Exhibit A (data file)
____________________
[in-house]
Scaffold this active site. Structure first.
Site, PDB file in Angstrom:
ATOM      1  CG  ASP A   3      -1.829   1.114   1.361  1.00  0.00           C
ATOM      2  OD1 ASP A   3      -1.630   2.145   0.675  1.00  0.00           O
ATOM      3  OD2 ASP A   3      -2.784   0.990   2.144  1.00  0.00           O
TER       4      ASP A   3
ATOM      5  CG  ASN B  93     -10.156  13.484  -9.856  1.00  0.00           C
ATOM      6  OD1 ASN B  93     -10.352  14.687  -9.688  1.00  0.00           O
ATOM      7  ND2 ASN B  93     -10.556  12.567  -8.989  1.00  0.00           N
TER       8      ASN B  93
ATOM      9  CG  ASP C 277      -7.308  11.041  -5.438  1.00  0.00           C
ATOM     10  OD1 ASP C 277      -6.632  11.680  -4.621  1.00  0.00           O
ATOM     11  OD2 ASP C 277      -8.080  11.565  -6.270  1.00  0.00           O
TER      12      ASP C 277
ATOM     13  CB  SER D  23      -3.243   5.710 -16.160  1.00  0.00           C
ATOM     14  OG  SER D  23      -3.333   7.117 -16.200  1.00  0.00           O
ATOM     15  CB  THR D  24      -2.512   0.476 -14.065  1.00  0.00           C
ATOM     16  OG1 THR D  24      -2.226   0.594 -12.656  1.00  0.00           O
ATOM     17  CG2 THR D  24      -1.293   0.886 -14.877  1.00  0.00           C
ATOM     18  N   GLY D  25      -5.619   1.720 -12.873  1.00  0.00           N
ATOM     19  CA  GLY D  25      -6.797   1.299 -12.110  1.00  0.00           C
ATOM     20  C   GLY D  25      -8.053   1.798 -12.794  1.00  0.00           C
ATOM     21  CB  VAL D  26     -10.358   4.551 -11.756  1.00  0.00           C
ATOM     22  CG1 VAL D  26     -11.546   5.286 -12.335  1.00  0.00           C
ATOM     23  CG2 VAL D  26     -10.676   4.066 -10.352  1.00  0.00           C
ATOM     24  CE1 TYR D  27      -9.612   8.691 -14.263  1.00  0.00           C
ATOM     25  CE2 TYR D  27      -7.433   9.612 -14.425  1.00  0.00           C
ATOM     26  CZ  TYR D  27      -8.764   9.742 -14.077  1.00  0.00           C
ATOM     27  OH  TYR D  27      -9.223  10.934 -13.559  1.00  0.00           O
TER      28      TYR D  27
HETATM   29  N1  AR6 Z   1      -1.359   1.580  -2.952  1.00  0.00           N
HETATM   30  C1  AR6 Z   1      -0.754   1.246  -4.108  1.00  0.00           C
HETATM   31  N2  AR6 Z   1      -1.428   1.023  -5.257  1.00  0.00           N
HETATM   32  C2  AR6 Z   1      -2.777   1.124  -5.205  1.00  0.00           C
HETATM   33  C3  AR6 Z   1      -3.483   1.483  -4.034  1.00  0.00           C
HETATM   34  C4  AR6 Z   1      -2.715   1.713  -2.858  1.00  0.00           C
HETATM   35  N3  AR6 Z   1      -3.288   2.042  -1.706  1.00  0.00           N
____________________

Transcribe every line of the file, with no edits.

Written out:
[in-house]
Scaffold this active site. Structure first.
Site, PDB file in Angstrom:
ATOM      1  CG  ASP A   3      -1.829   1.114   1.361  1.00  0.00           C
ATOM      2  OD1 ASP A   3      -1.630   2.145   0.675  1.00  0.00           O
ATOM      3  OD2 ASP A   3      -2.784   0.990   2.144  1.00  0.00           O
TER       4      ASP A   3
ATOM      5  CG  ASN B  93     -10.156  13.484  -9.856  1.00  0.00           C
ATOM      6  OD1 ASN B  93     -10.352  14.687  -9.688  1.00  0.00           O
ATOM      7  ND2 ASN B  93     -10.556  12.567  -8.989  1.00  0.00           N
TER       8      ASN B  93
ATOM      9  CG  ASP C 277      -7.308  11.041  -5.438  1.00  0.00           C
ATOM     10  OD1 ASP C 277      -6.632  11.680  -4.621  1.00  0.00           O
ATOM     11  OD2 ASP C 277      -8.080  11.565  -6.270  1.00  0.00           O
TER      12      ASP C 277
ATOM     13  CB  SER D  23      -3.243   5.710 -16.160  1.00  0.00           C
ATOM     14  OG  SER D  23      -3.333   7.117 -16.200  1.00  0.00           O
ATOM     15  CB  THR D  24      -2.512   0.476 -14.065  1.00  0.00           C
ATOM     16  OG1 THR D  24      -2.226   0.594 -12.656  1.00  0.00           O
ATOM     17  CG2 THR D  24      -1.293   0.886 -14.877  1.00  0.00           C
ATOM     18  N   GLY D  25      -5.619   1.720 -12.873  1.00  0.00           N
ATOM     19  CA  GLY D  25      -6.797   1.299 -12.110  1.00  0.00           C
ATOM     20  C   GLY D  25      -8.053   1.798 -12.794  1.00  0.00           C
ATOM     21  CB  VAL D  26     -10.358   4.551 -11.756  1.00  0.00           C
ATOM     22  CG1 VAL D  26     -11.546   5.286 -12.335  1.00  0.00           C
ATOM     23  CG2 VAL D  26     -10.676   4.066 -10.352  1.00  0.00           C
ATOM     24  CE1 TYR D  27      -9.612   8.691 -14.263  1.00  0.00           C
ATOM     25  CE2 TYR D  27      -7.433   9.612 -14.425  1.00  0.00           C
ATOM     26  CZ  TYR D  27      -8.764   9.742 -14.077  1.00  0.00           C
ATOM     27  OH  TYR D  27      -9.223  10.934 -13.559  1.00  0.00           O
TER      28      TYR D  27
HETATM   29  N1  AR6 Z   1      -1.359   1.580  -2.952  1.00  0.00           N
HETATM   30  C1  AR6 Z   1      -0.754   1.246  -4.108  1.00  0.00           C
HETATM   31  N2  AR6 Z   1      -1.428   1.023  -5.257  1.00  0.00           N
HETATM   32  C2  AR6 Z   1      -2.777   1.124  -5.205  1.00  0.00           C
HETATM   33  C3  AR6 Z   1      -3.483   1.483  -4.034  1.00  0.00           C
HETATM   34  C4  AR6 Z   1      -2.715   1.713  -2.858  1.00  0.00           C
HETATM   35  N3  AR6 Z   1      -3.288   2.042  -1.706  1.00  0.00           N